• If you have no symptoms: Anyone can get tested at least once a week for free with a Covid-19 antigen rapid test (rapid test, citizen test). There are now several test centres for this in Oldenburg.In most cases, you will need to schedule an appointment.

The test centre at the Haarentor campus in the car park of building V02 (Ammerländer Heerstraße 136) has been in operation since 13 January. Here, members and affiliates of the University and all other citizens can be tested free of charge. The medical operator is m-c-quadrat GmbH.

Opening hours: Mondays to Saturdays between 8.00 and 14.00 (last test at 13:50).

Appointment bookings: in advance either online or by telephone and spontaneously on site (with waiting times):

Appointment booking online

Corona test centres in Oldenburg (in German)

FAQ - Corona Tests (in German)

Have you had contact with a person who tested positive for COVID-19?

If you learn that you have had personal contact with a person infected with the corona virus, you should stay at home and contact the responsible health office by telephone. This also applies if you use the Corona-Warn-App and receive a corresponding warning message. Close contacts with an increased risk of infection must usually be quarantined. Please Contact either

  1. the citizen's hotline (Bürgertelefon) of Oldenburg's ServiceCenter: 0441 235-4550 (Monday to Friday from 7 a.m. to 6 p.m.) or
  2. the central hotline of the Lower Saxony state government: 0511 120 6000 (Monday to Friday from 8 a.m. to 7 p.m. and on Saturday and Sunday from 10 a.m. to 5 p.m.)

All persons who have been in close contact with an index person (for at least 15 minutes without observing the distance rules of 1.5 metres, including speaking, physical contact or contact with bodily secretions) have been exposed to a higher risk of infection and are classified as Category 1 contact persons (direct contact persons). This also applies if the contact took place in the two days before the symptoms began.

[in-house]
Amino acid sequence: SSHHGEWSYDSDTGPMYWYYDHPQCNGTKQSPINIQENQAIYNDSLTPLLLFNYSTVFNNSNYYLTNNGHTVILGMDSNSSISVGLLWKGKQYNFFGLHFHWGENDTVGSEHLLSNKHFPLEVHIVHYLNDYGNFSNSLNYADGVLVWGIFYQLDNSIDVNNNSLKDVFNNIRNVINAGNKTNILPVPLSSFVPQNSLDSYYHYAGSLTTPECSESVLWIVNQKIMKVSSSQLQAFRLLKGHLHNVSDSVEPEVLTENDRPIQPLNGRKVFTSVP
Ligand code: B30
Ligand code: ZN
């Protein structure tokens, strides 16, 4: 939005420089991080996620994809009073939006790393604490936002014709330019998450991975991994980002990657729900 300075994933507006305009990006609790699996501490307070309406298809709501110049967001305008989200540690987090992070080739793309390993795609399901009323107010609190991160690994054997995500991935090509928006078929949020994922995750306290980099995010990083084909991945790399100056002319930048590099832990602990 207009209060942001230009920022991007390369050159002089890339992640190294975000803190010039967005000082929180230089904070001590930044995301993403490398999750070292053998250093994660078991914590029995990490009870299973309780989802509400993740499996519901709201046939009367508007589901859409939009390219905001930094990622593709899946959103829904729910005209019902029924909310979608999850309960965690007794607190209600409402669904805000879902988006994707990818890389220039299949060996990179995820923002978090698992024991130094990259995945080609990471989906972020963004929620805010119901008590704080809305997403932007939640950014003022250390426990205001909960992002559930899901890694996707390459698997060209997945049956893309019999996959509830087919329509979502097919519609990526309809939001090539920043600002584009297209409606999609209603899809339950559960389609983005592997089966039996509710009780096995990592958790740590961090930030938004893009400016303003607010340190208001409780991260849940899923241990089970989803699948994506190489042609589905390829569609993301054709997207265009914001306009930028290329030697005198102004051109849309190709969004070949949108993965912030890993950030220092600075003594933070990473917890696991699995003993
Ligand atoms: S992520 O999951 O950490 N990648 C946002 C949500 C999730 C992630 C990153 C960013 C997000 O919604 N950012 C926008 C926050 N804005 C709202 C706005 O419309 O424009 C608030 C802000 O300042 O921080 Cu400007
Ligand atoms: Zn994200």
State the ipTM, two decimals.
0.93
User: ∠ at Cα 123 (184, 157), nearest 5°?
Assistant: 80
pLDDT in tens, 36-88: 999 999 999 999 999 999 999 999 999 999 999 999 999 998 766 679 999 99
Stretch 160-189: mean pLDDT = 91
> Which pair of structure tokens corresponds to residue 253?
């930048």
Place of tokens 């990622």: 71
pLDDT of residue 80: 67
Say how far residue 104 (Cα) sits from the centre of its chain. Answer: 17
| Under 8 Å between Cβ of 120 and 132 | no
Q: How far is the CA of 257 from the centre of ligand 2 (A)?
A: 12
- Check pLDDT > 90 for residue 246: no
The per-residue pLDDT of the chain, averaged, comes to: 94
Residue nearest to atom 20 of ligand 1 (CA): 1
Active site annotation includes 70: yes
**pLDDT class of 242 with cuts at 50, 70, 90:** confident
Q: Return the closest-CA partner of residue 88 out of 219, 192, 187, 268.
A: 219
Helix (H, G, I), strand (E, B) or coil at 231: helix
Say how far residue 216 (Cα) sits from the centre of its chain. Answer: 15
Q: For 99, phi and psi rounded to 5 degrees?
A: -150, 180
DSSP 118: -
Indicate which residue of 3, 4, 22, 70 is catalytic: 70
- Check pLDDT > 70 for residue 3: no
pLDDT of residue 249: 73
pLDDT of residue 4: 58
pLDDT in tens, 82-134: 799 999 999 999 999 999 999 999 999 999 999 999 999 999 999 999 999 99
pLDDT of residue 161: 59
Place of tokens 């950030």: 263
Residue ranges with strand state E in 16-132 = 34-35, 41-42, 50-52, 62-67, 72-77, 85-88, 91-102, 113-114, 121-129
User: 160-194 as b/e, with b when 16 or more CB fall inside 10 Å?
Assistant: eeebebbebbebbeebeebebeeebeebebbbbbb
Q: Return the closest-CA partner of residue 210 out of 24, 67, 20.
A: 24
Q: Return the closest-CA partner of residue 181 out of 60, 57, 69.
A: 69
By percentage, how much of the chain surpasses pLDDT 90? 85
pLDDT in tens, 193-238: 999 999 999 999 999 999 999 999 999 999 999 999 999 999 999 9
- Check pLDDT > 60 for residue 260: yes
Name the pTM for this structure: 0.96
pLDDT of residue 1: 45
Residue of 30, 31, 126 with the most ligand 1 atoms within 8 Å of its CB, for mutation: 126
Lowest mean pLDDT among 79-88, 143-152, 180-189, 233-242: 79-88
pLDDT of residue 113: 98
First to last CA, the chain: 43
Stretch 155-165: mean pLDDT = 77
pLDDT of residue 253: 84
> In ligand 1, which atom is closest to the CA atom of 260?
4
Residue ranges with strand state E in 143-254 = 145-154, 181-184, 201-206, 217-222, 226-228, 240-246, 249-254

Risk assessment and ordering of quarantine are carried out in individual cases by the public health department. Close contacts should already quarantine themselves in advance on their own responsibility as soon as they learn that they have had contact with an infected person and inform their own close contacts. Exemptions from the quarantine requirement may apply to vaccinated and recovered contacts.

Are you ill or do you suspect you are infected with COVID-19?

If you have signs of illness such as cough, fever, runny nose, loss of sense of smell or taste, sore throat, headache, pain in the limbs, shortness of breath or general weakness, this may indicate infection with the SARS-CoV-2 coronavirus. Even if you are not aware that you have had contact with a person who has COVID-19, you may have been infected unknowingly. This is because an infected person may transmit the coronavirus days before the onset of the disease or may not develop any signs of the disease at all.

  • Do not come to the university. Stay at home and limit your direct contacts.

Call your GP or the medical on-call service (free of charge and without area code):

116117

Or

"White list" database  of GPs (in German only)

If you belong to a risk group, point this out.

Do not visit a GP or hospital without making an appointment!

  • The doctor will first assess the severity of your illness and discuss with you what treatment is necessary. If necessary, you will be given a certificate of incapacity for work (sick note for university).

The doctor will decide whether you will be tested for the SARS-CoV-2 coronavirus based on certain test criteria.

If you are not tested, talk to your doctor about other measures that may be needed. These may include resting at home for at least five days and reducing contact. Once the signs of illness have subsided, you should stay at home symptom-free for an additional two days.

  • If a PCR test is performed on you, you should continue to stay at home and reduce direct contact until the result is available. If the result of the PCR test for the SARS-CoV-2 coronavirus is negative, i.e. no infection with the SARS-CoV-2 coronavirus was detected: Ask your doctor if further action is needed. If the result of the PCR test is positive and thus a corona infection has been detected, the public health department will order isolation. As a rule, your close contacts must then be quarantined.